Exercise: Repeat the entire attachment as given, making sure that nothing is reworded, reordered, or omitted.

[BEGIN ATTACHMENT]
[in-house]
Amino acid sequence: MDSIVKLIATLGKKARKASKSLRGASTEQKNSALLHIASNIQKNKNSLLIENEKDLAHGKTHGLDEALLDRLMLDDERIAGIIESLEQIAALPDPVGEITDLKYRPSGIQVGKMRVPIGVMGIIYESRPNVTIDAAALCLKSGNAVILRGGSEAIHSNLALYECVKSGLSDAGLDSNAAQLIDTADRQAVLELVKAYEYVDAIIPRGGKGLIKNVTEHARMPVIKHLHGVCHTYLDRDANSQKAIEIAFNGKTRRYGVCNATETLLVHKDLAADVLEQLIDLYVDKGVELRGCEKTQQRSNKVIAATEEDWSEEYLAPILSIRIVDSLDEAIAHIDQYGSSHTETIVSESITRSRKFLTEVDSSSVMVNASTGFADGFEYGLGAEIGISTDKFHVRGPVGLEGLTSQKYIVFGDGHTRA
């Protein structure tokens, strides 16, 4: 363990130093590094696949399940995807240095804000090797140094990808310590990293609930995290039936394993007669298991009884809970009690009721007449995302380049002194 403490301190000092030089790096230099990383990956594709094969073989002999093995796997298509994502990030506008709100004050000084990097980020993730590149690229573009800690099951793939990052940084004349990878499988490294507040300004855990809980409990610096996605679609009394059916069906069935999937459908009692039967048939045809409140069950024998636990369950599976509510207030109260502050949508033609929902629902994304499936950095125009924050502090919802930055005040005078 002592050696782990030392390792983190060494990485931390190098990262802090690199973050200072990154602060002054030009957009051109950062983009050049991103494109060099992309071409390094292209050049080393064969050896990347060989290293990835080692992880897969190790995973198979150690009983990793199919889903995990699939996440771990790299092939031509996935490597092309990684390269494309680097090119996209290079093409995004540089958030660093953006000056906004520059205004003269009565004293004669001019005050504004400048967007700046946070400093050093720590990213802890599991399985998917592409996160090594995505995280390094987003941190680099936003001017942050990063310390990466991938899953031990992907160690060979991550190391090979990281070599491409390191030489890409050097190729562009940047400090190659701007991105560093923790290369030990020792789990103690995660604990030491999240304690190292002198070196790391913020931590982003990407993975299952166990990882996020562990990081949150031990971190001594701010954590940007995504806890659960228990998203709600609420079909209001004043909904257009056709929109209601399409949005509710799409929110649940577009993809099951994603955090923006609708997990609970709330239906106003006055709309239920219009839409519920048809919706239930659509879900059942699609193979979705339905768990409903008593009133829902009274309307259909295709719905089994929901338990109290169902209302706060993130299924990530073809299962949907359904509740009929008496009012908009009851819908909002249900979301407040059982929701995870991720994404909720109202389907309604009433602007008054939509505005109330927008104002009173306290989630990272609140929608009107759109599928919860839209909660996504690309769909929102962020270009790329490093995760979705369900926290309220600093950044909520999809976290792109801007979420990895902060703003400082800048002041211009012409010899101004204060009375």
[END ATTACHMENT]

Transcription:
[in-house]
Amino acid sequence: MDSIVKLIATLGKKARKASKSLRGASTEQKNSALLHIASNIQKNKNSLLIENEKDLAHGKTHGLDEALLDRLMLDDERIAGIIESLEQIAALPDPVGEITDLKYRPSGIQVGKMRVPIGVMGIIYESRPNVTIDAAALCLKSGNAVILRGGSEAIHSNLALYECVKSGLSDAGLDSNAAQLIDTADRQAVLELVKAYEYVDAIIPRGGKGLIKNVTEHARMPVIKHLHGVCHTYLDRDANSQKAIEIAFNGKTRRYGVCNATETLLVHKDLAADVLEQLIDLYVDKGVELRGCEKTQQRSNKVIAATEEDWSEEYLAPILSIRIVDSLDEAIAHIDQYGSSHTETIVSESITRSRKFLTEVDSSSVMVNASTGFADGFEYGLGAEIGISTDKFHVRGPVGLEGLTSQKYIVFGDGHTRA
């Protein structure tokens, strides 16, 4: 363990130093590094696949399940995807240095804000090797140094990808310590990293609930995290039936394993007669298991009884809970009690009721007449995302380049002194 403490301190000092030089790096230099990383990956594709094969073989002999093995796997298509994502990030506008709100004050000084990097980020993730590149690229573009800690099951793939990052940084004349990878499988490294507040300004855990809980409990610096996605679609009394059916069906069935999937459908009692039967048939045809409140069950024998636990369950599976509510207030109260502050949508033609929902629902994304499936950095125009924050502090919802930055005040005078 002592050696782990030392390792983190060494990485931390190098990262802090690199973050200072990154602060002054030009957009051109950062983009050049991103494109060099992309071409390094292209050049080393064969050896990347060989290293990835080692992880897969190790995973198979150690009983990793199919889903995990699939996440771990790299092939031509996935490597092309990684390269494309680097090119996209290079093409995004540089958030660093953006000056906004520059205004003269009565004293004669001019005050504004400048967007700046946070400093050093720590990213802890599991399985998917592409996160090594995505995280390094987003941190680099936003001017942050990063310390990466991938899953031990992907160690060979991550190391090979990281070599491409390191030489890409050097190729562009940047400090190659701007991105560093923790290369030990020792789990103690995660604990030491999240304690190292002198070196790391913020931590982003990407993975299952166990990882996020562990990081949150031990971190001594701010954590940007995504806890659960228990998203709600609420079909209001004043909904257009056709929109209601399409949005509710799409929110649940577009993809099951994603955090923006609708997990609970709330239906106003006055709309239920219009839409519920048809919706239930659509879900059942699609193979979705339905768990409903008593009133829902009274309307259909295709719905089994929901338990109290169902209302706060993130299924990530073809299962949907359904509740009929008496009012908009009851819908909002249900979301407040059982929701995870991720994404909720109202389907309604009433602007008054939509505005109330927008104002009173306290989630990272609140929608009107759109599928919860839209909660996504690309769909929102962020270009790329490093995760979705369900926290309220600093950044909520999809976290792109801007979420990895902060703003400082800048002041211009012409010899101004204060009375």